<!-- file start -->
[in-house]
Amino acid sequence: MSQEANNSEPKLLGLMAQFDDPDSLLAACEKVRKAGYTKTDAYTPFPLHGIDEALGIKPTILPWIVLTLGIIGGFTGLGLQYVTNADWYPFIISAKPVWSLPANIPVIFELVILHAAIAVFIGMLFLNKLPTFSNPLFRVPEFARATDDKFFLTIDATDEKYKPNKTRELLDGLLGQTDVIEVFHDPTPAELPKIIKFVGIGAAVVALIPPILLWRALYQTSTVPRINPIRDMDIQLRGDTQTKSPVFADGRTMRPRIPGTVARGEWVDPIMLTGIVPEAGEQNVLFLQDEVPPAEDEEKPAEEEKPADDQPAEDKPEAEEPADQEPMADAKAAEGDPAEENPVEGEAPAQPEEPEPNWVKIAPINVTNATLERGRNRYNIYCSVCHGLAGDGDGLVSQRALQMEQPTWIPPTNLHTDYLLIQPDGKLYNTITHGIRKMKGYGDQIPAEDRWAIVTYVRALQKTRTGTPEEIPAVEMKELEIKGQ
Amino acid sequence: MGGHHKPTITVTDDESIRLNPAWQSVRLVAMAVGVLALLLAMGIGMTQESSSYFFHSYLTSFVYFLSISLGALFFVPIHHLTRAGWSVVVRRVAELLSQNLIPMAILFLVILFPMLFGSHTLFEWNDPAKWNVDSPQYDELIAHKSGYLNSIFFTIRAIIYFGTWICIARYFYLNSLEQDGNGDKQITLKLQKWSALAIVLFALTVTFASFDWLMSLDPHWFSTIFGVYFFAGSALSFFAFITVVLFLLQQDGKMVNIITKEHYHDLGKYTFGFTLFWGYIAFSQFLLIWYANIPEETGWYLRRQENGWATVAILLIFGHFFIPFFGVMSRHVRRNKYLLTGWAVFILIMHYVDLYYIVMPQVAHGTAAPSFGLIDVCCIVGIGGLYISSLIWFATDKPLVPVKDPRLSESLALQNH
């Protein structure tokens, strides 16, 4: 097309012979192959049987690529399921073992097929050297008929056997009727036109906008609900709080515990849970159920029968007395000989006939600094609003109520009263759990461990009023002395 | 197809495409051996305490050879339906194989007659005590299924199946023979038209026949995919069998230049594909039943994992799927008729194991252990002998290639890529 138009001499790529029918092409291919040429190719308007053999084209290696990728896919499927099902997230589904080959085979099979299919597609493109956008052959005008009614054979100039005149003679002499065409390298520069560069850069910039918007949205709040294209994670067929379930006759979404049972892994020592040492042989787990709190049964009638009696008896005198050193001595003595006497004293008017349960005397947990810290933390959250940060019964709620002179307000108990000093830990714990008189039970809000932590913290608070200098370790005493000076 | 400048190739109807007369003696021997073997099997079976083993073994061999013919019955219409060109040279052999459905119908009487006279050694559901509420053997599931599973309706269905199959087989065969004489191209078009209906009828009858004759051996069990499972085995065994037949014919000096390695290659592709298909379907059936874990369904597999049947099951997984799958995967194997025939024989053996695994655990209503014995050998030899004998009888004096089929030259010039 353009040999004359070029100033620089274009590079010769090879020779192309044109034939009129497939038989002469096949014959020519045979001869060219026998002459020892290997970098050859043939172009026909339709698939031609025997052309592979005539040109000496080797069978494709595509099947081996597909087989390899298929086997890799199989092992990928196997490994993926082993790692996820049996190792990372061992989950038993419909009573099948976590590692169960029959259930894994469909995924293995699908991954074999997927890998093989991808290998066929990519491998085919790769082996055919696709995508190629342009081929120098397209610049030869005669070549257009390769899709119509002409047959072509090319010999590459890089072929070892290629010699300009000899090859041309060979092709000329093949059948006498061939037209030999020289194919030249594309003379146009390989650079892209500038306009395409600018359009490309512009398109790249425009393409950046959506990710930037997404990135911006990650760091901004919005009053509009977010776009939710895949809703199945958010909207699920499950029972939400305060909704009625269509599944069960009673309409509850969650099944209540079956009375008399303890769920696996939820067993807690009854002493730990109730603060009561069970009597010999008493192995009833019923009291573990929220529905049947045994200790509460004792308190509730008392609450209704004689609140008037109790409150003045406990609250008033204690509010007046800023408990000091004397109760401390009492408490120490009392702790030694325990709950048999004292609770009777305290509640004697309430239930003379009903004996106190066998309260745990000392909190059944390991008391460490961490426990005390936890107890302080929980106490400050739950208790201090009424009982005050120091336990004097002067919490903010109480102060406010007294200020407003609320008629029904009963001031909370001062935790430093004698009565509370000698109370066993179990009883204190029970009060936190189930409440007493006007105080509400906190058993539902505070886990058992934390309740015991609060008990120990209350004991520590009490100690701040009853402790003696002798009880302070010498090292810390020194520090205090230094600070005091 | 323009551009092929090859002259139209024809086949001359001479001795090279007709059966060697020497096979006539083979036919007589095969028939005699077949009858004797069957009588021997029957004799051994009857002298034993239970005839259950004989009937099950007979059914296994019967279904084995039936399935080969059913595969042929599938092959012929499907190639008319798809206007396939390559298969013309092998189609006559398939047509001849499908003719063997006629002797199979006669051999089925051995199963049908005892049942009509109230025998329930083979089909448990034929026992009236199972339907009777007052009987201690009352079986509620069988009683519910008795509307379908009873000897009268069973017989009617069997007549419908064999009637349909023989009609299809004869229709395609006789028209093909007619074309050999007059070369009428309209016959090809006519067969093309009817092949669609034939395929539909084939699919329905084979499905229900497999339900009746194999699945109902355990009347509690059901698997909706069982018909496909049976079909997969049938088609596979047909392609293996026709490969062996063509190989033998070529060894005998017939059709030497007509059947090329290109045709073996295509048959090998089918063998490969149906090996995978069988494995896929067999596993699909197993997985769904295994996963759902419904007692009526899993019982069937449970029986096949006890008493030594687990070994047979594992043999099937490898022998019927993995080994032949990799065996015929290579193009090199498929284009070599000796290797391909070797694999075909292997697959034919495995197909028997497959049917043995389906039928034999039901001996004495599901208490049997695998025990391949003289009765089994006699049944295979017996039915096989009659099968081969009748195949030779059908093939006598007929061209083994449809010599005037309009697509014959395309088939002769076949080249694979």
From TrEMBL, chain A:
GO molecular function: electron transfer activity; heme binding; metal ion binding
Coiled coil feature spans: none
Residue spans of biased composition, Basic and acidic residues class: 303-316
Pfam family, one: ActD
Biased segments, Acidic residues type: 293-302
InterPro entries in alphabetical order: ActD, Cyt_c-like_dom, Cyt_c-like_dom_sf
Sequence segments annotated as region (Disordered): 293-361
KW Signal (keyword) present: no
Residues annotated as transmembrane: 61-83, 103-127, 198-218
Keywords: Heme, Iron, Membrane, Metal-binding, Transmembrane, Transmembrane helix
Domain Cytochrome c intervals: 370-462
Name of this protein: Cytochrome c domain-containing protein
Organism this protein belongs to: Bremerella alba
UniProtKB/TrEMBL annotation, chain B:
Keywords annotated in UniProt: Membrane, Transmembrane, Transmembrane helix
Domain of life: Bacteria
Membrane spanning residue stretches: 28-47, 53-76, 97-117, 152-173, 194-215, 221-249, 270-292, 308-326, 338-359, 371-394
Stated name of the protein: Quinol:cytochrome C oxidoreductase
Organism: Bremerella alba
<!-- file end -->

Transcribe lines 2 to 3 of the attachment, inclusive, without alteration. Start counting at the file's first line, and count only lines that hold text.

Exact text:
Amino acid sequence: MSQEANNSEPKLLGLMAQFDDPDSLLAACEKVRKAGYTKTDAYTPFPLHGIDEALGIKPTILPWIVLTLGIIGGFTGLGLQYVTNADWYPFIISAKPVWSLPANIPVIFELVILHAAIAVFIGMLFLNKLPTFSNPLFRVPEFARATDDKFFLTIDATDEKYKPNKTRELLDGLLGQTDVIEVFHDPTPAELPKIIKFVGIGAAVVALIPPILLWRALYQTSTVPRINPIRDMDIQLRGDTQTKSPVFADGRTMRPRIPGTVARGEWVDPIMLTGIVPEAGEQNVLFLQDEVPPAEDEEKPAEEEKPADDQPAEDKPEAEEPADQEPMADAKAAEGDPAEENPVEGEAPAQPEEPEPNWVKIAPINVTNATLERGRNRYNIYCSVCHGLAGDGDGLVSQRALQMEQPTWIPPTNLHTDYLLIQPDGKLYNTITHGIRKMKGYGDQIPAEDRWAIVTYVRALQKTRTGTPEEIPAVEMKELEIKGQ
Amino acid sequence: MGGHHKPTITVTDDESIRLNPAWQSVRLVAMAVGVLALLLAMGIGMTQESSSYFFHSYLTSFVYFLSISLGALFFVPIHHLTRAGWSVVVRRVAELLSQNLIPMAILFLVILFPMLFGSHTLFEWNDPAKWNVDSPQYDELIAHKSGYLNSIFFTIRAIIYFGTWICIARYFYLNSLEQDGNGDKQITLKLQKWSALAIVLFALTVTFASFDWLMSLDPHWFSTIFGVYFFAGSALSFFAFITVVLFLLQQDGKMVNIITKEHYHDLGKYTFGFTLFWGYIAFSQFLLIWYANIPEETGWYLRRQENGWATVAILLIFGHFFIPFFGVMSRHVRRNKYLLTGWAVFILIMHYVDLYYIVMPQVAHGTAAPSFGLIDVCCIVGIGGLYISSLIWFATDKPLVPVKDPRLSESLALQNH